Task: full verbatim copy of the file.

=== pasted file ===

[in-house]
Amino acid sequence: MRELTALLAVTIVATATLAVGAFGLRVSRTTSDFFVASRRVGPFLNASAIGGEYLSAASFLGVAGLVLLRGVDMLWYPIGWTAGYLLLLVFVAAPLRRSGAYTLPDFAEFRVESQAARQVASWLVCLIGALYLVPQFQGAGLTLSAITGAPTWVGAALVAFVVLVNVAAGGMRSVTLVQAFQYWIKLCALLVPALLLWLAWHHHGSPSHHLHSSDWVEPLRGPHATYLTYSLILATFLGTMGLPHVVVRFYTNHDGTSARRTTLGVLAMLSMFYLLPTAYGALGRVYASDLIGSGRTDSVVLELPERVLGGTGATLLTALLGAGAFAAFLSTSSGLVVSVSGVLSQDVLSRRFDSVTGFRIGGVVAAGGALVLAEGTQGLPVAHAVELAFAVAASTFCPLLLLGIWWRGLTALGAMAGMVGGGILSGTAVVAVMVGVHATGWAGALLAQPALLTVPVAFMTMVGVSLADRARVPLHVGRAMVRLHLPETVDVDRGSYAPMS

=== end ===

[in-house]
Amino acid sequence: MRELTALLAVTIVATATLAVGAFGLRVSRTTSDFFVASRRVGPFLNASAIGGEYLSAASFLGVAGLVLLRGVDMLWYPIGWTAGYLLLLVFVAAPLRRSGAYTLPDFAEFRVESQAARQVASWLVCLIGALYLVPQFQGAGLTLSAITGAPTWVGAALVAFVVLVNVAAGGMRSVTLVQAFQYWIKLCALLVPALLLWLAWHHHGSPSHHLHSSDWVEPLRGPHATYLTYSLILATFLGTMGLPHVVVRFYTNHDGTSARRTTLGVLAMLSMFYLLPTAYGALGRVYASDLIGSGRTDSVVLELPERVLGGTGATLLTALLGAGAFAAFLSTSSGLVVSVSGVLSQDVLSRRFDSVTGFRIGGVVAAGGALVLAEGTQGLPVAHAVELAFAVAASTFCPLLLLGIWWRGLTALGAMAGMVGGGILSGTAVVAVMVGVHATGWAGALLAQPALLTVPVAFMTMVGVSLADRARVPLHVGRAMVRLHLPETVDVDRGSYAPMS